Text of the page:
Here Is How NASA Astronauts Cast Their Vote From SpaceBy Sarene Mae Butao
A 19-year old Texas state law has enabled astronauts to cast votes, despite their being in space. Shane Kimbrough is the latest American astronaut to have cast his vote for the U.S. Presidential Elections straight from space. Kate Rubins, Kimbrough's colleague, also filled the ballot right before returning to earth from her mission. This process is done just in case she will have a delayed landing.
The two astronauts voted using an absentee ballot that was sent to and from the International Space Station (ISS), through a secure electronic connection. They have indicated their addresses as 'low Earth orbit' in their ballots. This kind of voting system has already been in existence for astronauts since 1997 the Texas state legislature approved Rule 81. 35.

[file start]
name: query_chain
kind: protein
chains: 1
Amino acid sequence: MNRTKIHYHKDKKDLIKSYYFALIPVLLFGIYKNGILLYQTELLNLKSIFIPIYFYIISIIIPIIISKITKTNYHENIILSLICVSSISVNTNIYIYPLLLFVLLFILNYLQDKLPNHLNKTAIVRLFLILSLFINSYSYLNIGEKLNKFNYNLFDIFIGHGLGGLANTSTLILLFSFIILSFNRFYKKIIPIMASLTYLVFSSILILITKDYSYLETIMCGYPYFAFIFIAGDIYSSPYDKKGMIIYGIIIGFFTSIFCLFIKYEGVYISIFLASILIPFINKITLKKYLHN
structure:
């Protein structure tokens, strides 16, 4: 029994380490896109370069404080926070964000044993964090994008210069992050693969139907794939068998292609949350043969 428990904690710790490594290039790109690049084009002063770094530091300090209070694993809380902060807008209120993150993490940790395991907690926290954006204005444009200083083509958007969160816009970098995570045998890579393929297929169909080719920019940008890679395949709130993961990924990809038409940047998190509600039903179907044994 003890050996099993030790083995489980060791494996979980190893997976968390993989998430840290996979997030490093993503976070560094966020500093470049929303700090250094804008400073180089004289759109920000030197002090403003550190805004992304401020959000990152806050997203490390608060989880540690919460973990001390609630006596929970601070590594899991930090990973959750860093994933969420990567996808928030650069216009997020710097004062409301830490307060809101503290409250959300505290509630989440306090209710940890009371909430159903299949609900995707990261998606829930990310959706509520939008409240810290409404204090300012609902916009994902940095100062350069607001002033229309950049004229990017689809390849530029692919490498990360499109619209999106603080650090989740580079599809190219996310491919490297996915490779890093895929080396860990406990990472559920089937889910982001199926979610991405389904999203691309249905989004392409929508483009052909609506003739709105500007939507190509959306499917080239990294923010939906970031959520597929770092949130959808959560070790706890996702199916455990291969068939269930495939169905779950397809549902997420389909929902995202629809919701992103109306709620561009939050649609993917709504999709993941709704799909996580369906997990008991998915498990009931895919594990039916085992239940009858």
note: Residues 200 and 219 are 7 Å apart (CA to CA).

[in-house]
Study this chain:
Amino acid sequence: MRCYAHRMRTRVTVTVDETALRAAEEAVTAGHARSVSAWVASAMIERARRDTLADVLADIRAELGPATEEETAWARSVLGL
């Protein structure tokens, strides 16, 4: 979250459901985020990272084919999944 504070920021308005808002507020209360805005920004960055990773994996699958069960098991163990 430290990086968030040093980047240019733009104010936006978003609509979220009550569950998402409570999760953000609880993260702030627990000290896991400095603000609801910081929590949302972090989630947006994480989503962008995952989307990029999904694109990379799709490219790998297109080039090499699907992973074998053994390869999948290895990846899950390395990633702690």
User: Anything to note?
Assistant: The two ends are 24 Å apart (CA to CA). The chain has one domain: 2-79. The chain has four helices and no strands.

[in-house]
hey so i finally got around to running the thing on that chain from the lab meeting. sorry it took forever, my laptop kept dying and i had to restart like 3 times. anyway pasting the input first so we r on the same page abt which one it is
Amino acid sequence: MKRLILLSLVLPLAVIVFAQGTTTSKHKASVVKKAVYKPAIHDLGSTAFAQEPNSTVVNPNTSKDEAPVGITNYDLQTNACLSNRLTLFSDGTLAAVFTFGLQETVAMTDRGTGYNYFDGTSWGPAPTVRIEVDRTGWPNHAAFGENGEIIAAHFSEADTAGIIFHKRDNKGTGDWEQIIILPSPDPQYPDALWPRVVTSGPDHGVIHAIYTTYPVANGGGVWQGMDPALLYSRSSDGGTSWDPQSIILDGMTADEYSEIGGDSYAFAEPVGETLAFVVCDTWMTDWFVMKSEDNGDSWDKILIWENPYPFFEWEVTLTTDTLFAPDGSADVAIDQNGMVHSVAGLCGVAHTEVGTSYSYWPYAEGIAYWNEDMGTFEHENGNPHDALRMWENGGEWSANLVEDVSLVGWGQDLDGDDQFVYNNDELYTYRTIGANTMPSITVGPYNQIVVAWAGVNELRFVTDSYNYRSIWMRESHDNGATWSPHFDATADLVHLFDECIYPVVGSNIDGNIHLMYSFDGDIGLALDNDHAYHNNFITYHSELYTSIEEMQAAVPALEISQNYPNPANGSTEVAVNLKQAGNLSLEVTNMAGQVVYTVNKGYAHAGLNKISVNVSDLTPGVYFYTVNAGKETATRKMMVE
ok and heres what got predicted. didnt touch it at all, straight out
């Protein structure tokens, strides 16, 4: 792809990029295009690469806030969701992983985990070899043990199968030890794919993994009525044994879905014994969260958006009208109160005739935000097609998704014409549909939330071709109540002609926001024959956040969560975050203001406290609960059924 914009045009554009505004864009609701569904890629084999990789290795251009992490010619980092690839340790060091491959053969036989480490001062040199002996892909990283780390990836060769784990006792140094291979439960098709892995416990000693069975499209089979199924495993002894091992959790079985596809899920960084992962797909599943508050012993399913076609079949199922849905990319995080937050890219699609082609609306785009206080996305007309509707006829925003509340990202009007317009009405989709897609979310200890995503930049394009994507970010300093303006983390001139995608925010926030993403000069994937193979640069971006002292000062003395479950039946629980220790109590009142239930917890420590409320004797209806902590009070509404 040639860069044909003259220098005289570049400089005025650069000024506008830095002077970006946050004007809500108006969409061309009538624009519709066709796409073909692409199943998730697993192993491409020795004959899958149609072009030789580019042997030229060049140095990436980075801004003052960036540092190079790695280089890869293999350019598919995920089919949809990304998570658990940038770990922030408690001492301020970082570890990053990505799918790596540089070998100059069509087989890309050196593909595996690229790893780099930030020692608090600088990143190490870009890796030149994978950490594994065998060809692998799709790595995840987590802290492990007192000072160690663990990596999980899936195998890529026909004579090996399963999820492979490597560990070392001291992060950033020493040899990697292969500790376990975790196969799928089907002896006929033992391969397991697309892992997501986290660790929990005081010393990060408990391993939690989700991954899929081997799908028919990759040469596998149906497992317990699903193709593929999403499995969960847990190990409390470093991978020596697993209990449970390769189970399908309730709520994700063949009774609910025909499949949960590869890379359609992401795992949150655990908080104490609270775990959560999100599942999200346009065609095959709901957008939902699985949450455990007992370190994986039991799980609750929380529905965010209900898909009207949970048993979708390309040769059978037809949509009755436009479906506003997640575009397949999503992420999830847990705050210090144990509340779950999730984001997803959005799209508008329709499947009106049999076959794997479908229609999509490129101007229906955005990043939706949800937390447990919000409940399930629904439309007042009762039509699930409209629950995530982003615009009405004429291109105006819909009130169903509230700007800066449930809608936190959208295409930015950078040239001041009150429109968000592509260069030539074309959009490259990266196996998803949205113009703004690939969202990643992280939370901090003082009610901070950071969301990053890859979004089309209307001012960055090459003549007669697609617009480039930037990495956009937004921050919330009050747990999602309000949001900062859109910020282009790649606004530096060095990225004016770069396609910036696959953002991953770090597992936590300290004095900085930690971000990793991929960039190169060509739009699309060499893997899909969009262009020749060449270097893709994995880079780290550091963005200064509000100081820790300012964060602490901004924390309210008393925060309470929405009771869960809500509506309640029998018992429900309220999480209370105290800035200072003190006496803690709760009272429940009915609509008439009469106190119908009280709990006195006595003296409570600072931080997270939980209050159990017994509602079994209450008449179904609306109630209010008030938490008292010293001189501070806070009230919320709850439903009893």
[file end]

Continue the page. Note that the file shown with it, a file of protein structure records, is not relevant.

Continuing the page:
The rule was formulated due to former Texas State Senator Mike Jackson's frustration when astronauts do not have the chance to vote while they are in space, according to CNBC. His district also covered the Johnson Space Center of NASA. He has emphasized how the astronaut's vote matters and recalled that he won his election by only seven votes out of over 26,000.
NASA officials announced in a blog post that the voting process usually starts one year before the launch in which the astronauts will choose the elections -- local, state, federal elections -- they want to participate in while in space. Six months before the elections, the astronauts will be provided with a standard Voter Registration and Absentee Ballot Request, which is a Federal Post Card Application.
The classic absentee ballot was made into a digital version and was sent to the ISS through the Johnson Space Center. The election authority figures then receives the filled out ballots. David Wolf is the first American astronaut who casted a vote from Russia's Mir space station in 1997, according to Christian Science Monitor.